“When I began writing—and planting—there was nothing but the newly sown grass and deep layers of rubble and waste in the garden. This barrenness and resistance of this ground expressed the grief I felt far more closely than a beautiful and pristine garden would have done. Even so, I wanted to see what could grow. It was a need really: to balance the repeated experience of loss with the persistence of life. I found that, with each plant that grew, I healed a little of that broken ground, both within myself and in the garden. In doing so, I discovered that it was the very imperfectness of the ground and the resilience of the wildflowers that made that growth possible…In this slow growing, the garden became a conversation, which is echoed in the structure of the book. It became a memoir in itself: recording memories of discovery, of time passing, childhood disappearing, my own ageing body, and the losses that I grieved.” Read more...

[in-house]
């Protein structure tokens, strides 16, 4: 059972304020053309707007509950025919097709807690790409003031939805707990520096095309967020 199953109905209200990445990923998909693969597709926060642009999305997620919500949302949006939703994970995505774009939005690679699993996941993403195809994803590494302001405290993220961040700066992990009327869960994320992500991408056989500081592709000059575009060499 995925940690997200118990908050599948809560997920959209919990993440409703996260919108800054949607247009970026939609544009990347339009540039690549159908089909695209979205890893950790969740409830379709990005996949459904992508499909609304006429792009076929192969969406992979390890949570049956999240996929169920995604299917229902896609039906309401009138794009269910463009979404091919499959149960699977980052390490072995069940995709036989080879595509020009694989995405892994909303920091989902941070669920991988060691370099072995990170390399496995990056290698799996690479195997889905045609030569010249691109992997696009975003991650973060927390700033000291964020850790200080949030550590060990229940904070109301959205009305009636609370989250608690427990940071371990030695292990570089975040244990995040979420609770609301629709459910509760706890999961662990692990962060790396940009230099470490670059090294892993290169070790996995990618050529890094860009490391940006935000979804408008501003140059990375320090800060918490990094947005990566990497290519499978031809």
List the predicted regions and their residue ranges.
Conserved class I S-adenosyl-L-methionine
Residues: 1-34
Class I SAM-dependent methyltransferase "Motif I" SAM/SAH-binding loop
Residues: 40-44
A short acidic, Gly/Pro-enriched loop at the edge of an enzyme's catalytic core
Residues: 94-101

The Best Nature Memoirs